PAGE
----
Over-priced and unneeded armaments?

As Minister of Defense, Peter MacKay is charged with the procurement of equipment for our military.

As Minister of Defense, Peter MacKay is charged with the procurement of equipment for our military.

He has been a tireless salesman promoting the acquisition of the Lockheed-Martin F-35 JSF (Joint Strike Fighter). This aircraft has been surrounded in controversy, cost over -runs and technical problems throughout its development.

The controversy that now rages is how much this aircraft is going to cost, and the stark reality is that nobody really knows, and it will not come into service in Canada for eight years.

The acquisition of this plane comes at a time when all Western governments are under severe economic restraint.

There is also the daunting question as to whether such high tech weaponry is needed in this day and age when terrorism is touted as the most serious threat to our national security.

It is arguable these excessive expenditures are not based on real needs, but testify to the effectiveness of powerful lobbyists in their greedy zeal to maintain military industrial complex profits.

Canadians should be deeply skeptical regarding Mackay’s obsessive selling of the F-35 as the only choice.

Is he, like so many other politicians, merely pandering to arms dealers wanting to sell over-priced and unneeded armaments that do not reflect a country’s real needs?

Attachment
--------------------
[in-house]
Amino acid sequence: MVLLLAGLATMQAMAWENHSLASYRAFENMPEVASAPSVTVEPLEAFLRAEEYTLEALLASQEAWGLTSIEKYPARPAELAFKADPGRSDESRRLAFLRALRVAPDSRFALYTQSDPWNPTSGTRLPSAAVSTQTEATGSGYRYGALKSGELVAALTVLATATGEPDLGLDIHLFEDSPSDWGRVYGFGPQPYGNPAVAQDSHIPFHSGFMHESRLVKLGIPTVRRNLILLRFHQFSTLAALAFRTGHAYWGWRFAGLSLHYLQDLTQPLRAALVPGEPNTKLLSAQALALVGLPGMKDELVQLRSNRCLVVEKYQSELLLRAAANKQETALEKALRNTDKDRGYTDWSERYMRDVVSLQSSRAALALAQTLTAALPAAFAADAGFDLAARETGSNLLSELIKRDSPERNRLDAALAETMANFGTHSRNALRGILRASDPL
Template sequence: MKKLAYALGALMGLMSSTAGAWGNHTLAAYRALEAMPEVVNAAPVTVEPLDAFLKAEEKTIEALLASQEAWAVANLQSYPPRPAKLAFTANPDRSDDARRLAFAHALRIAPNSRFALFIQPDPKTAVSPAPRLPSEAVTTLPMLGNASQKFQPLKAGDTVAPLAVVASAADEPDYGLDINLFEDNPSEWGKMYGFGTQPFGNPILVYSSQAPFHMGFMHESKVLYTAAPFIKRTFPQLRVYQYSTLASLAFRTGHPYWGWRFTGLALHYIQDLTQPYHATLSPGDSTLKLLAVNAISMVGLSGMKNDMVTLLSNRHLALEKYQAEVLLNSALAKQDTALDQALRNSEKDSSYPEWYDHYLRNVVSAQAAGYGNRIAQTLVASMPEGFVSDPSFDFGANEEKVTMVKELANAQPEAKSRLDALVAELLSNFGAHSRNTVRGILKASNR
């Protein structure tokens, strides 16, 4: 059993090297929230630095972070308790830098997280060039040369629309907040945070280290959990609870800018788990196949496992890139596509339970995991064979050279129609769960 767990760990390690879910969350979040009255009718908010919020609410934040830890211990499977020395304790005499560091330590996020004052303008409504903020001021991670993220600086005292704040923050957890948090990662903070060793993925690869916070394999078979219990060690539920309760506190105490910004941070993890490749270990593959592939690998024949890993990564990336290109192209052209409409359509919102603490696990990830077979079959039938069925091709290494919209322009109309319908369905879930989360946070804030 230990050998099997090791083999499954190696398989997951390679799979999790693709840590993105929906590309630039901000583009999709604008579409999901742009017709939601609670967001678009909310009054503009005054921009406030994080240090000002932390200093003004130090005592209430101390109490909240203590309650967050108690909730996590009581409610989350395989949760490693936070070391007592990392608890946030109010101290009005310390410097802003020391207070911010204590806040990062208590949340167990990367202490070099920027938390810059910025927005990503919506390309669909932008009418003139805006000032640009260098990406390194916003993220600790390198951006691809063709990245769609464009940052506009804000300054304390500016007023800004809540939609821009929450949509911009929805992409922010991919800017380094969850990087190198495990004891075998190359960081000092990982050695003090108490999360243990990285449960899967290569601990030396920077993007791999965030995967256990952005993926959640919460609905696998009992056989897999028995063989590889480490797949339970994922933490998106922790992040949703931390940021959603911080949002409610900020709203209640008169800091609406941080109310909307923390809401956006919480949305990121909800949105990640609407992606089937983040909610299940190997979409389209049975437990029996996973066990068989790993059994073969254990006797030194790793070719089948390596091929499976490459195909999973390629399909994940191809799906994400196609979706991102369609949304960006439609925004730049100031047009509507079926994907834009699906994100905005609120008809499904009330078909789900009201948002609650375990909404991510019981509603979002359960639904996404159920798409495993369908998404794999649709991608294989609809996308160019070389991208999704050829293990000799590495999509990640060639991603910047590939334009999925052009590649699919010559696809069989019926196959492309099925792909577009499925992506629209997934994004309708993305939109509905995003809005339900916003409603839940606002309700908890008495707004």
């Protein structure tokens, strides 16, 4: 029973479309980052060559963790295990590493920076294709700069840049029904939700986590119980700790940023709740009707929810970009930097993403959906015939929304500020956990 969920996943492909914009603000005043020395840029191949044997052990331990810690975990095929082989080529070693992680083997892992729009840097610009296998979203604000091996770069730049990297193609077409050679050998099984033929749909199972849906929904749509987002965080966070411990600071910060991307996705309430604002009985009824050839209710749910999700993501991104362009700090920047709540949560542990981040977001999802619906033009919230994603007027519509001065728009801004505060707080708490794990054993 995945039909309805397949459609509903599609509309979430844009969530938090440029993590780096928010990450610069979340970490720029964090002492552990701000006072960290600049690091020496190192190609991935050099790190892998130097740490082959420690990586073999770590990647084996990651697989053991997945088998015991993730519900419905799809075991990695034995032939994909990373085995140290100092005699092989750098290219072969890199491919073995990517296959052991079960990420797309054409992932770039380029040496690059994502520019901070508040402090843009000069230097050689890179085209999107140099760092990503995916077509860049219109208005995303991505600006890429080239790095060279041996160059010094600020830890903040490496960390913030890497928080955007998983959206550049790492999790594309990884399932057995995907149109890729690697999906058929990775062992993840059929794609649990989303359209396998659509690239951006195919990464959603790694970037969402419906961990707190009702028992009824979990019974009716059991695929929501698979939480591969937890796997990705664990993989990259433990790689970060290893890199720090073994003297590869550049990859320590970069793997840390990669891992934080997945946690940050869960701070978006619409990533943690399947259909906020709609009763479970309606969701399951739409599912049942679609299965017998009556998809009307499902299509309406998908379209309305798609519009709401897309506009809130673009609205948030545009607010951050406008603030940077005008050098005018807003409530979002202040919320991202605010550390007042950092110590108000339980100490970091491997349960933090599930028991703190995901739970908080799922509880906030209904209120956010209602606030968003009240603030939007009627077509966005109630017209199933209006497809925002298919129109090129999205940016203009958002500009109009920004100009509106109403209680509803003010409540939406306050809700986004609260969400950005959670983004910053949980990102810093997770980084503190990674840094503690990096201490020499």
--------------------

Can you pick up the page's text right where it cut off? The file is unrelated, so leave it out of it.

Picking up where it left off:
His department has rejected any consideration of the F-18 Super Hornet, an updated version of our F-18, now coming into service with the US Navy. The Super Hornet is much more suited to our needs, having twin engines and a much longer range than the F-35. It can be acquired at a fraction of the cost and has proven reliability.

Mackay has been so brazen as to use military aircraft as his personal taxi even when military personnel advised against it as politically unwise.

He showed no consideration for the operational costs of this equipment (a Cormorant helicopter costs $32,000 an hour).

Nor did he consider that he was taking essential search and rescue equipment out of service that could at any time be needed to deal with a real emergency.

MacKay has by his own actions impeached his trustworthiness in managing a major procurement of new aircraft for the RCAF; especially so in a time of economic austerity when Canadians must feel assured the right aircraft is purchased for the right reasons and at a reasonable cost.

Robert Billyard